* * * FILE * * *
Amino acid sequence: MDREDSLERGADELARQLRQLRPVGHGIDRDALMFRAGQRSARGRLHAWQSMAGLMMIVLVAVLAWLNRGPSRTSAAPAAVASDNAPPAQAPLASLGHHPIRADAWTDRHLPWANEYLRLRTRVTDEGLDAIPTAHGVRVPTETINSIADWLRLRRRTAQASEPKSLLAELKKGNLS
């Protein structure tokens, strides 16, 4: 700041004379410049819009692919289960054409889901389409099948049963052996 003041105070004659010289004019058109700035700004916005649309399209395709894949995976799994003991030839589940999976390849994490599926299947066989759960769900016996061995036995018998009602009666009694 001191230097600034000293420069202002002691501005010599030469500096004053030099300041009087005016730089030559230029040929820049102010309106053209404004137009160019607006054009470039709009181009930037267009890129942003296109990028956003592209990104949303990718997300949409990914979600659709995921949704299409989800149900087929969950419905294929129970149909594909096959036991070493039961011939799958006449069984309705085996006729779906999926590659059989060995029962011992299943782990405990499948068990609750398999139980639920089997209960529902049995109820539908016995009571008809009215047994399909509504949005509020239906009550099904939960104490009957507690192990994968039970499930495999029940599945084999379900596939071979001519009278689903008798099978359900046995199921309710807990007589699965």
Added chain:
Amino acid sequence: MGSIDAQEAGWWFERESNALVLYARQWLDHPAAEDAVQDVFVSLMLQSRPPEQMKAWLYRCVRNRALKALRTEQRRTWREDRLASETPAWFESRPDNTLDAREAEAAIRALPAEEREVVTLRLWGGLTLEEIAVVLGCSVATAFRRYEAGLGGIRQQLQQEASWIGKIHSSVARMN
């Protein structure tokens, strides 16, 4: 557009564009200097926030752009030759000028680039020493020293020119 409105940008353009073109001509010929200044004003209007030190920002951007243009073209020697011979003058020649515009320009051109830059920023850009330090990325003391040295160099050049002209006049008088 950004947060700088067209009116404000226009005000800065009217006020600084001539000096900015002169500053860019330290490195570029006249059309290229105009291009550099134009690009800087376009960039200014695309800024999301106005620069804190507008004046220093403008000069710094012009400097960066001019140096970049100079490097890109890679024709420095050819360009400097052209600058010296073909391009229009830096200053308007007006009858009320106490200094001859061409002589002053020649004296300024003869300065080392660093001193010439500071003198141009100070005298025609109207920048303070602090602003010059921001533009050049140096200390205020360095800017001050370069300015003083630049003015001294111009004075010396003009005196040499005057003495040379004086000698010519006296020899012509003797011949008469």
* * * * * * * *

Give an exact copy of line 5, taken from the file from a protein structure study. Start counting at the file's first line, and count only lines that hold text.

């Protein structure tokens, strides 16, 4: 557009564009200097926030752009030759000028680039020493020293020119 409105940008353009073109001509010929200044004003209007030190920002951007243009073209020697011979003058020649515009320009051109830059920023850009330090990325003391040295160099050049002209006049008088 950004947060700088067209009116404000226009005000800065009217006020600084001539000096900015002169500053860019330290490195570029006249059309290229105009291009550099134009690009800087376009960039200014695309800024999301106005620069804190507008004046220093403008000069710094012009400097960066001019140096970049100079490097890109890679024709420095050819360009400097052209600058010296073909391009229009830096200053308007007006009858009320106490200094001859061409002589002053020649004296300024003869300065080392660093001193010439500071003198141009100070005298025609109207920048303070602090602003010059921001533009050049140096200390205020360095800017001050370069300015003083630049003015001294111009004075010396003009005196040499005057003495040379004086000698010519006296020899012509003797011949008469």